Are there medications/methods that can cure my allergy?

Allergies so far cannot be cured but their symptoms can be treated and controlled. Avoidance of allergens is the best way to prevent allergic reactions.

Medications known as antiallergic medications are available as over-the-counter or prescription drugs. They can be in the forms of tablets or solutions, nasal sprays, or eyedrops.

Sometimes, doctors might recommend allergen immunotherapy if you have worse allergies or allergies that are not fully relieved from prevention and drugs. This involves serial injections of processed allergen extracts, generally given over several months.

When to call 911?

If you suspect you are having a severe allergic reaction and symptoms of anaphylaxis you must call 911 or your local emergency number or seek urgent medical aid. Those who are prone to have anaphylaxis or had a history of anaphylaxis must carry an epinephrine auto-injector (EpiPen) with them at all times. Give yourself the shot right away.

You must visit a nearby emergency medical facility if you got anaphylaxis even if it improved from the EpiPen shot because the symptoms might come back after the effects of the injection fade away.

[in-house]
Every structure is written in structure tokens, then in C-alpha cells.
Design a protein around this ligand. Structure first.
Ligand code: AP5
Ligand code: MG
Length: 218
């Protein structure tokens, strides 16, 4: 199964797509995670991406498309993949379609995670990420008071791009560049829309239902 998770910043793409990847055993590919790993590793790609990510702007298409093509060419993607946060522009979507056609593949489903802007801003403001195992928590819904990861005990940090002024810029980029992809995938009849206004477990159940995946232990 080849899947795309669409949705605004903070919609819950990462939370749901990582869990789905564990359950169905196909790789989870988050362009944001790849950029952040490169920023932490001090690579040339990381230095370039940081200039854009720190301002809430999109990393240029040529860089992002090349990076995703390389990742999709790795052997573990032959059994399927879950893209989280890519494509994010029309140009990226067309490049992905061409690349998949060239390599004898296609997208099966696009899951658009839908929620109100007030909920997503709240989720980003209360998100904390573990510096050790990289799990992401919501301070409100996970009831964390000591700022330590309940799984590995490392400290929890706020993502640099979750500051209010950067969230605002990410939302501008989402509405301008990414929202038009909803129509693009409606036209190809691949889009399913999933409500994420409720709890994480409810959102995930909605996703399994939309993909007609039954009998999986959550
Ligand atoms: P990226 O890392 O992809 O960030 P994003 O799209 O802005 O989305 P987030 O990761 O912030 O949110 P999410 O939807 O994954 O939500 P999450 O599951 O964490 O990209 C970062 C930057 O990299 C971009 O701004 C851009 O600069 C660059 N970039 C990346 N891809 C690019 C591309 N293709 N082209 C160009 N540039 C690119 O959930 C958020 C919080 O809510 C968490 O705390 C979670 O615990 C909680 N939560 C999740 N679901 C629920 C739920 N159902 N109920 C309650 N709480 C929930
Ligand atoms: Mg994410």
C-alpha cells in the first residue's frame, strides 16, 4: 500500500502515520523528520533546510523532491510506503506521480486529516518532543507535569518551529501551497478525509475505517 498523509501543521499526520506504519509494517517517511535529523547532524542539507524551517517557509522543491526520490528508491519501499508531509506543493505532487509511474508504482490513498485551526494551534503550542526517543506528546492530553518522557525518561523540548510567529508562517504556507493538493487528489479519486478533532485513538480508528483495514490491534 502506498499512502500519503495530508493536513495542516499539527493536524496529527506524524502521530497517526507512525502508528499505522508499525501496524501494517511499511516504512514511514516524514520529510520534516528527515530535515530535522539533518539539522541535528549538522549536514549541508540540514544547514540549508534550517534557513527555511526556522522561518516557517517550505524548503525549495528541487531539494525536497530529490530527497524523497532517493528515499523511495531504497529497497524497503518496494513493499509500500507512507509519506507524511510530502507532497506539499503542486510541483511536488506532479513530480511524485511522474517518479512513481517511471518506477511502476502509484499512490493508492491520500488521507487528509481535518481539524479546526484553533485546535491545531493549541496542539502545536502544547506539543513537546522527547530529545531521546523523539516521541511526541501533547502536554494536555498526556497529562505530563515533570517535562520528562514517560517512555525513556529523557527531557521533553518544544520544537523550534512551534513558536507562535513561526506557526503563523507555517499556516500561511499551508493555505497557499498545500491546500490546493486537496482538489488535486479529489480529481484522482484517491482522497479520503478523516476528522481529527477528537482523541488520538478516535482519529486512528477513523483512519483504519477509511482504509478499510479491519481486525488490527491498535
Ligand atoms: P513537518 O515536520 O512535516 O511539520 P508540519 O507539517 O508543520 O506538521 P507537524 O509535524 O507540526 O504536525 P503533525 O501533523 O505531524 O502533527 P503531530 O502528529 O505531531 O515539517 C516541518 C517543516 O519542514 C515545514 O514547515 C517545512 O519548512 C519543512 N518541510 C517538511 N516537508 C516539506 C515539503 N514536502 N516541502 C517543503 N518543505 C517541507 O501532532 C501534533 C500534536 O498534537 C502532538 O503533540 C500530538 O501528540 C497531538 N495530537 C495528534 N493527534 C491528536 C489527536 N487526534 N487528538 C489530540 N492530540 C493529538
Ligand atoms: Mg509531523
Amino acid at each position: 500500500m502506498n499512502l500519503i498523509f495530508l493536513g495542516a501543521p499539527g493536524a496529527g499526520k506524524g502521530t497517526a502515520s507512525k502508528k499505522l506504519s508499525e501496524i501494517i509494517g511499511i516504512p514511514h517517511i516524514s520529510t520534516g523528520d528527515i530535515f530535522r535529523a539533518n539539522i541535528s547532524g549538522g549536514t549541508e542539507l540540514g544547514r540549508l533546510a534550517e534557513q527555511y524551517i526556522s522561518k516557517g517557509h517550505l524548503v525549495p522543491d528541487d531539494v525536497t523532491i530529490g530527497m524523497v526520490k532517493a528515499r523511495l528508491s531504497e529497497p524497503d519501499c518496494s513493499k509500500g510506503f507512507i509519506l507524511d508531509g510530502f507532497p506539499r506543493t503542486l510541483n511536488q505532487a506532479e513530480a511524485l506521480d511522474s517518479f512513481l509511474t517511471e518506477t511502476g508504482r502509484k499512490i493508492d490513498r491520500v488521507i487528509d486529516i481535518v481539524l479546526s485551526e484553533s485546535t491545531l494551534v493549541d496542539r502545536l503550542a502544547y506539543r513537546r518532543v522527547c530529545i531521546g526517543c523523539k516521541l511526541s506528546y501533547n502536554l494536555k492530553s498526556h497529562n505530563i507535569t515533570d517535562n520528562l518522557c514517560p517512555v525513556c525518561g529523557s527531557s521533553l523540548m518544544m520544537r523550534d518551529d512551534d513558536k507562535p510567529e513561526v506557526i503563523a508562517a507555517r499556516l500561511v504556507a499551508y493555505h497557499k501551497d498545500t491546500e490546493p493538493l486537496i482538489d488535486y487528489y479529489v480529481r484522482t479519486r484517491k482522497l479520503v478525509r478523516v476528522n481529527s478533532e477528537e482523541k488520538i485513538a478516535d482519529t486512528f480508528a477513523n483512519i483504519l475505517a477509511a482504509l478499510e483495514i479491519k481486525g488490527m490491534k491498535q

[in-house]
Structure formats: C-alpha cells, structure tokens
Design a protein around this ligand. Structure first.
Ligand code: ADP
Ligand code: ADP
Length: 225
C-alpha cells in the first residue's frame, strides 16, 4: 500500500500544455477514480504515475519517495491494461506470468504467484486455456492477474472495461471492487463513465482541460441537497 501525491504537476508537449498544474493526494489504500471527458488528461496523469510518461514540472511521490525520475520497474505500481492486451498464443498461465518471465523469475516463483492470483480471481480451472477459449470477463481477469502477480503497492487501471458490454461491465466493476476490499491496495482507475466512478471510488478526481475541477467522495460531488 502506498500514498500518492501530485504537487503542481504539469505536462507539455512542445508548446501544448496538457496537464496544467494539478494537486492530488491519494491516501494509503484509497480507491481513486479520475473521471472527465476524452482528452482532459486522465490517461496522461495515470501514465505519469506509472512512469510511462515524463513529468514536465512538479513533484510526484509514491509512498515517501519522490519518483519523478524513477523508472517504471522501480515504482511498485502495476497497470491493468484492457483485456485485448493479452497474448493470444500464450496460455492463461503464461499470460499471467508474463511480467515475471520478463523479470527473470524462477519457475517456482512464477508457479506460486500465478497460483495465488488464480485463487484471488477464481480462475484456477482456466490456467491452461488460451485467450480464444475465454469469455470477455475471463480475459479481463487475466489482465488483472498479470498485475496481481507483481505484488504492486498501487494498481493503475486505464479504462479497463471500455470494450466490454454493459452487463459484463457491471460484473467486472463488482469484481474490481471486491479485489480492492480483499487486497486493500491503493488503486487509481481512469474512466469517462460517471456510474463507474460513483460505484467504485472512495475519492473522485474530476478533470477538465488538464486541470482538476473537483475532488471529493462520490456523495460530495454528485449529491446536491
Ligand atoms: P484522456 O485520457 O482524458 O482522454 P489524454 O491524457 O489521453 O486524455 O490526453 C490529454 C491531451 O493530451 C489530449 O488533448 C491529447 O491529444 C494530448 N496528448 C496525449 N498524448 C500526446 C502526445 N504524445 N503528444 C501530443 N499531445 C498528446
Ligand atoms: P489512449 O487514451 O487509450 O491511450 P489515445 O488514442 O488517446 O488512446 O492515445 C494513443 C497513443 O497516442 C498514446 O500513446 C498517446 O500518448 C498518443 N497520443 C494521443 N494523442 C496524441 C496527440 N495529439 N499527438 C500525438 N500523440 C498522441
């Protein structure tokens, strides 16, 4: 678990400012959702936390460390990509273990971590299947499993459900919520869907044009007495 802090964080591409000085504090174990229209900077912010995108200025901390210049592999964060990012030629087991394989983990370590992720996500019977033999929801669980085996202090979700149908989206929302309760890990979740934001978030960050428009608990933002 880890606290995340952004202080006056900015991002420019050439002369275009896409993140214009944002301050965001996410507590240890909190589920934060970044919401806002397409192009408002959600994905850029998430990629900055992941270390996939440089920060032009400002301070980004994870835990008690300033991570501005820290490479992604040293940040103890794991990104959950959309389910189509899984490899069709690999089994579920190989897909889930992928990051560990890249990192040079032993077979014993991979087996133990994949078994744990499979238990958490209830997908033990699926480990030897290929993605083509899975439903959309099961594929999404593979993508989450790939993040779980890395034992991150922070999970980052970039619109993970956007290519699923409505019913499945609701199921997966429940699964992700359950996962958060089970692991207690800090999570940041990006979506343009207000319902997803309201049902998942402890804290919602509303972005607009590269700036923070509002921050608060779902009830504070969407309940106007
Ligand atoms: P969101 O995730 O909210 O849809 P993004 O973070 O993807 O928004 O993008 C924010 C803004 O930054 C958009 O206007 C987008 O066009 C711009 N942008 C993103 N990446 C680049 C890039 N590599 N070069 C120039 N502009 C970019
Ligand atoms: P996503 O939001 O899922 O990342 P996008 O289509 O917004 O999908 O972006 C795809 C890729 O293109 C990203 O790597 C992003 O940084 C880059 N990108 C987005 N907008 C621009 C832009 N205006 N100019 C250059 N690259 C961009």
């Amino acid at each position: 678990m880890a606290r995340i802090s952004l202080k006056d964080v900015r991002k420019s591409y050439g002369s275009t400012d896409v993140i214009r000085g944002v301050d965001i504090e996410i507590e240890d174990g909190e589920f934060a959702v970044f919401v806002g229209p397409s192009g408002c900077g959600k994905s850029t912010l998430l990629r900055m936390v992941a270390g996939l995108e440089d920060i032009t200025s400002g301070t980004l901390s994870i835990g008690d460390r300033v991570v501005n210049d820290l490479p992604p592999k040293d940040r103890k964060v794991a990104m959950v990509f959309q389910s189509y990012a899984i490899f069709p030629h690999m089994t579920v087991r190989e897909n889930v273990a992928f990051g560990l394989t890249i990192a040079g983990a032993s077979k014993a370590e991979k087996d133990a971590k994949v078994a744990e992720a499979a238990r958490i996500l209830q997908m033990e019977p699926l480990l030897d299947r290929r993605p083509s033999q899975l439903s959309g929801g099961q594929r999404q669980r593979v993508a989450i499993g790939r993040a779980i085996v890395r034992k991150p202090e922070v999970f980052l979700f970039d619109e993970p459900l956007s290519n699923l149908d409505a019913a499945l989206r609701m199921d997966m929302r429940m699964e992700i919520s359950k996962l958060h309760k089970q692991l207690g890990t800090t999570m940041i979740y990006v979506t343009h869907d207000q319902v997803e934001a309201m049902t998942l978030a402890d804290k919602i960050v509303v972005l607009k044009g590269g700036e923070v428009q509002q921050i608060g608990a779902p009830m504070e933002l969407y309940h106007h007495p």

Once again thank you Dr. Sony very much for your precious time, we learned so much about allergies, their types, their treatment, how to prevent them, and when to seek help.

Gilmore Health Q&A Sessions:

Gilmore Health: A Q&A Session on the Risks of Not Treating Gingivitis

Gilmore Health: A Q&A Session on Heart Failure With Dr. Sony Sherpa

Gilmore Health: A Q&A Session On Skin Moles, Their Types, Risk, And Treatment

Gilmore Health: A Q&A Session on IBS With Dr. Sony Sherpa

Gilmore Health: A Q&A Session on Genetic Diseases With Dr. Sony Sherpa

Gilmore Health: A Q&A Session on COVID-19 With Dr. Sony Sherpa (Facts, Prevention, Vaccines, and Treatment)

Gilmore Health: A Q&A Session on HIV With Dr. Sony Sherpa

Coronavirus Q & A: Ask Dr. Chebani Any Question About COVID-19

 

FEEDBACK:

Conversation

Want to Stay Informed?

Join the Gilmore Health News Newsletter!

Want to live your best life?

Get the Gilmore Health Weekly newsletter for health tips, wellness updates and more.

By clicking "Subscribe," I agree to the Gilmore Health and . I also agree to receive emails from Gilmore Health and I understand that I may opt out of Gilmore Health subscriptions at any time.